• Compare theories of what kinds of interventions might be useful to reduce biorisk (excalidraw, guesstimate)
  • Calculate the expected value of trialling meditating for 2 weeks (guesstimate)
  • Estimate the success of an ongoing project providing access to birth control for monitoring and evaluation (squiggle)
  • Record a 3 minute video summarising your progress instead of having an hour-long meeting with your supervisor (loom)
  • Learn to quantitatively forecast with a short feedback loop (pastcasting)

 

So, if you've tried to do tasks of this nature, keep an eye out! Tomorrow: Guesstimate, a tool for quantifying intuitions. 

As a final request, we’d also really appreciate any feedback you have about the tools or the posts, or if you have any suggestions for tools you think deserve to have posts made about them!

Comments7
Sorted by Click to highlight new comments since: Today at 5:38 AM

Love this idea!

I wanted to improve the topic page, but wasn't sure what its best use is, though tutorials / forum posts on each one like you are doing are a great addition.

There are a couple of sites I think could be useful to have tutorials on:
- https://observablehq.com/ which is kind of like guesstimate but with more visualisations. You can build models, simulate them, and then tweak the model parameters and re-run. Here's an example.
- https://insightmaker.com/ similar to Observable, note the 'Simulate' button in the top right corner in this example.
- https://www.kialo.com/ which is like Polis
- https://poller.io/ which I think is easier to use than Vodle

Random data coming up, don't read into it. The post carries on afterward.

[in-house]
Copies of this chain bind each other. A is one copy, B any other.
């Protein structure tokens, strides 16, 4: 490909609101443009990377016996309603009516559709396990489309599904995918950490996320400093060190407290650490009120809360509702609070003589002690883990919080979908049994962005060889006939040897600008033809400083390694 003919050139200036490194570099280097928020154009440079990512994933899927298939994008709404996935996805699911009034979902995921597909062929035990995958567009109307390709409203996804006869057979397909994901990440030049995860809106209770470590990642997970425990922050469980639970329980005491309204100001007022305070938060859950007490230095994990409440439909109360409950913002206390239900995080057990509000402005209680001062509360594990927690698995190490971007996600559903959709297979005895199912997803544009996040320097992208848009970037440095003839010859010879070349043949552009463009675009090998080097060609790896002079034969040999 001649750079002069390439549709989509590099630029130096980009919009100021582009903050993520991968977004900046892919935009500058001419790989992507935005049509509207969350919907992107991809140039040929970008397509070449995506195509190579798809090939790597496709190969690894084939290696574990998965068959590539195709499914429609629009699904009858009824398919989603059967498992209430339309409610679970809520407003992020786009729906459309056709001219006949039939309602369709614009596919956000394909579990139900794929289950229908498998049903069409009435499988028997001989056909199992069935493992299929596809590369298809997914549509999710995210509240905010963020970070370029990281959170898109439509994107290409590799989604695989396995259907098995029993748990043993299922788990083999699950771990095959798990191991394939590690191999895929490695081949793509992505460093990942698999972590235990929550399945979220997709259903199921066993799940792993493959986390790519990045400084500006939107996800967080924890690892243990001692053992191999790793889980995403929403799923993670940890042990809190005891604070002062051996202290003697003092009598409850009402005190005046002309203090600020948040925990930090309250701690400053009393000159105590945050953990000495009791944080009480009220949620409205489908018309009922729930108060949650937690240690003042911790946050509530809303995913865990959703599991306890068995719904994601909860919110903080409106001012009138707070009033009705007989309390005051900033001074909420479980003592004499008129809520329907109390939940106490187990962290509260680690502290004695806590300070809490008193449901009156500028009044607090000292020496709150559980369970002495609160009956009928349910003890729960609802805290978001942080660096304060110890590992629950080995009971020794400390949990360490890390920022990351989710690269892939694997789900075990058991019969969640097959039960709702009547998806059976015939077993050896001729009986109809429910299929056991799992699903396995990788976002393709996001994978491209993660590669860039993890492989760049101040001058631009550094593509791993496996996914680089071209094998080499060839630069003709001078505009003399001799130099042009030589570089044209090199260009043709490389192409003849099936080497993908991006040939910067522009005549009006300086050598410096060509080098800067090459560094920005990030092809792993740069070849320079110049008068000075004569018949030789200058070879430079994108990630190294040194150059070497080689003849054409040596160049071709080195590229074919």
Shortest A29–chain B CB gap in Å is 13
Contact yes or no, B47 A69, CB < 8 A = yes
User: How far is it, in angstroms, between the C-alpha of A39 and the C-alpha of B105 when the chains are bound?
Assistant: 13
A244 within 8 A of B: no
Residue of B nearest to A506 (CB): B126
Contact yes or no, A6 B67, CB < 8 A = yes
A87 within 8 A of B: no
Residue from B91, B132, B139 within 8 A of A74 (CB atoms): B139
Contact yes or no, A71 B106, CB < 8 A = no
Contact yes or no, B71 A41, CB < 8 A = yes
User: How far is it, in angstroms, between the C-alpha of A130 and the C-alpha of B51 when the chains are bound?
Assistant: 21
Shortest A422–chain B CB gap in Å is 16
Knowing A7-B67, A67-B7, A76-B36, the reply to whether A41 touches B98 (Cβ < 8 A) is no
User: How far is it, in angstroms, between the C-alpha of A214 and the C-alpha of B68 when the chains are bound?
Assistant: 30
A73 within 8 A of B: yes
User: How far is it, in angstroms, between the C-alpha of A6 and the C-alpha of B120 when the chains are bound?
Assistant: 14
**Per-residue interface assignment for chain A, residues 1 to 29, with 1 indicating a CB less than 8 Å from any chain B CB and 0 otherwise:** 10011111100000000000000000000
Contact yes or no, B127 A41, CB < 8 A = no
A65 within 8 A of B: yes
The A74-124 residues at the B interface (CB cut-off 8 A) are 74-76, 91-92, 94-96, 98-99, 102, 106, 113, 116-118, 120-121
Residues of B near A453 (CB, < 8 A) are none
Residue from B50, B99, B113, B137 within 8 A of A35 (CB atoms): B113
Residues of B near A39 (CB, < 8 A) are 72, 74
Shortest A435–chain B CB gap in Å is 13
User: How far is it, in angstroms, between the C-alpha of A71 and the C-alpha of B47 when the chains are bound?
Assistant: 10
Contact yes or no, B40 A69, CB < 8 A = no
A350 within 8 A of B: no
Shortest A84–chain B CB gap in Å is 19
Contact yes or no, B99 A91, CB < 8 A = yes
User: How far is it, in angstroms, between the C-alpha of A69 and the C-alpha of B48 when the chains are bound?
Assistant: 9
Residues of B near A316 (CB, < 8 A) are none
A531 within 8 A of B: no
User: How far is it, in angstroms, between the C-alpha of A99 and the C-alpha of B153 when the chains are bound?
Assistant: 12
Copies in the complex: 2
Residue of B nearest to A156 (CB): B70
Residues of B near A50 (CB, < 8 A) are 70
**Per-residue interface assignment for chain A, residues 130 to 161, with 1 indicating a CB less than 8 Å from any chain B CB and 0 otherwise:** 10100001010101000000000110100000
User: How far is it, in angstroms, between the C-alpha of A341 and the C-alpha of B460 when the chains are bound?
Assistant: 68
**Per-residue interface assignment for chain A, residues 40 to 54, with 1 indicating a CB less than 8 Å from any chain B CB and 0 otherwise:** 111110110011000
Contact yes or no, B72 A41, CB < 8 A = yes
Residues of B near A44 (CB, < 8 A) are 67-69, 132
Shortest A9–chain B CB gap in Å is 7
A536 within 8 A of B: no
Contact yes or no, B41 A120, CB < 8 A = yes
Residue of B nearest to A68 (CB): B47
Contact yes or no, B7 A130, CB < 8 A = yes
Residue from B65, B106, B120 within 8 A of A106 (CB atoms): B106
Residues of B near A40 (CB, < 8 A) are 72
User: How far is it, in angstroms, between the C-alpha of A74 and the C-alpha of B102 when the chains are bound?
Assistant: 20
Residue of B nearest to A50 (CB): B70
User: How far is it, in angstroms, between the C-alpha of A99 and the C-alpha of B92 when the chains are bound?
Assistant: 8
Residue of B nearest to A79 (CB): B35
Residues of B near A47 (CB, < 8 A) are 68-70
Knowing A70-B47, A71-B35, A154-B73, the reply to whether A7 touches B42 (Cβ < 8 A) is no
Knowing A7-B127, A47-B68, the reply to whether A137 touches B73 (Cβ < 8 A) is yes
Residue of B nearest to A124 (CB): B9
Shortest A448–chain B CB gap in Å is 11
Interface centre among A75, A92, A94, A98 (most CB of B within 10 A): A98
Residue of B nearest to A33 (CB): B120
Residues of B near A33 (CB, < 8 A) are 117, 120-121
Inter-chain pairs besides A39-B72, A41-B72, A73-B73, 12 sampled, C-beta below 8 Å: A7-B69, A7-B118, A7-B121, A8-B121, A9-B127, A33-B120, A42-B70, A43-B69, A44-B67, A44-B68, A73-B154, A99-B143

And then there are a bunch of other tools for things which aren't mentioned in the Topic page but which I still think can be used for collaborative truth seeking, like:
- Mindmaps
  - https://markmap.js.org/repl
- Data visualisations
  - https://www.datawrapper.de/
- Back of the envelope calculations (BOTEC)
  - https://numbr.dev/ 
  - https://cruncher.io/
  - https://bbodi.github.io/notecalc3/
- Writing arguments
  - https://argdown.org/
- Brainstorming
  - https://www.mindwendel.com/
- Storytelling
  - https://timelinestoryteller.com/

Very happy to chat more!
 

These look great, thanks for suggesting them! Would you be interested in writing tutorials for some/all of them that I could add to the sequence? If not, I think updating the topic page with links to tutorials you think are good would also be great!

I am looking forward to this! I have used a bunch of these tools before but have long suspected that they could be used much more effectively. 

Any feedback you have as we go would be much appreciated! I've focussed on broadening use, so I'm hoping a good chunk of the value will be in new ways to use the tools as much as anything else-- if you have any ways you think are missing they would also be great!

What time will the gathertown sessions be, in which time zone?

You might be interested in parevo.org, a web app that facilitates the collaborative exploration of alternative futures. Usi g a social version of the evolutionaryalgorithm the process generates a branching structure of narratives. This is followed by a participatory evaluation stage, assessing the alternative storylines.